The novel coronavirus pandemic is still wreaking havoc across the globe. We know what we should be doing — social distancing, wearing masks, avoiding crowds, etc — but not everyone is on board with that and the virus continues to collect victims on an hourly basis. A vaccine could change that, but once it actually becomes available, how much is it going to cost us?
If you’re a resident of Japan, the answer might be “nothing.” As The Japan Times reports, the country’s government is considering a plan by which the entire nation would have free access to a vaccine once one is proven to be safe and effective.
Rolling out vaccinations to an entire country is a tall order, so individuals would be prioritized based on how likely they are to contract the illness, For example, front-line medical workers would be first on the list, along with the elderly and others who have health conditions that may make them more susceptible to serious consequences from COVID-19.
Of course, it’s still fairly early to be talking about paying for vaccines when we still haven’t seen any vaccine candidate reach a point where it could be mass-produced. There are many groups around the world working on their own versions of the vaccine and while the race may result in one or more companies being heralded as heroes, all that work has to be paid for at some point.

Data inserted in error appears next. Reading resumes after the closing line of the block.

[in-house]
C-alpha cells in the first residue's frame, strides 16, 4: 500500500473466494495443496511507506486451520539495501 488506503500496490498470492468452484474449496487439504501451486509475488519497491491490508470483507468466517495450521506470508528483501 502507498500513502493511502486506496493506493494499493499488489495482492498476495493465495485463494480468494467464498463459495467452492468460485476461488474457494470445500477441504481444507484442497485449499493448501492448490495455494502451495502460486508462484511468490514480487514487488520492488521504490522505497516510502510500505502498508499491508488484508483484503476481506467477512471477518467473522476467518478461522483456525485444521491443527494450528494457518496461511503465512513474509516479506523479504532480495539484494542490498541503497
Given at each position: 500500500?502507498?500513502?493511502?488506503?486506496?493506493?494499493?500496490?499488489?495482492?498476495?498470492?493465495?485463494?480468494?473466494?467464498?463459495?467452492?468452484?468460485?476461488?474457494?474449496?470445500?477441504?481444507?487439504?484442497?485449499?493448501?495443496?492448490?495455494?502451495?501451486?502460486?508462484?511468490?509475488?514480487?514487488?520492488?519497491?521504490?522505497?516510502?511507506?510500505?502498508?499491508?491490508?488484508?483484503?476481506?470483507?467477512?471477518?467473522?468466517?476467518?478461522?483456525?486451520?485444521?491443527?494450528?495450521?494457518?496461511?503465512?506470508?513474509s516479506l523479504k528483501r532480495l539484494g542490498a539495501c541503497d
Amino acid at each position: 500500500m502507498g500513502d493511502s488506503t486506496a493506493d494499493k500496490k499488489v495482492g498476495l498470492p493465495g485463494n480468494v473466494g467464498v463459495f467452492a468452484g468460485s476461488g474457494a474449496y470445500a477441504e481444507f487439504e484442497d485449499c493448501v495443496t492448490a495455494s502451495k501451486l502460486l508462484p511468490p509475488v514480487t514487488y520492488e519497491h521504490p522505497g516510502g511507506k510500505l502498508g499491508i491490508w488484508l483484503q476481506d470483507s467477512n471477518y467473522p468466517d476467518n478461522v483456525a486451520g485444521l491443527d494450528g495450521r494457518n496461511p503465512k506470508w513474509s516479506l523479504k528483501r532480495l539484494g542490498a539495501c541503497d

A viral outbreak of this magnitude has never been seen in modern times, so we’re in frightening new territory. The most obvious thing for world governments to do would be to fund the vaccination programs themselves in order to keep their populations healthy. The costs of not doing so would likely far outweigh the financial burden of paying for the vaccines in the first place.
It’s a very tricky situation and while Japan is mulling the decision to fund the country’s entire vaccine rollout, other countries are going to be grappling with the same questions sooner rather than later.
Of course, this all depends on one thing: A safe, effective vaccine. Everyone is very optimistic that we’ll find the solution to this pandemic, but testing and proving a vaccine’s effectiveness takes time, even when it’s being “fast-tracked” as many are today. Side effects, unexpected reactions and long-term safety of a vaccine all need to be considered before treatment can reach everyday citizens. We’re not there yet, but hopefully, we will be soon.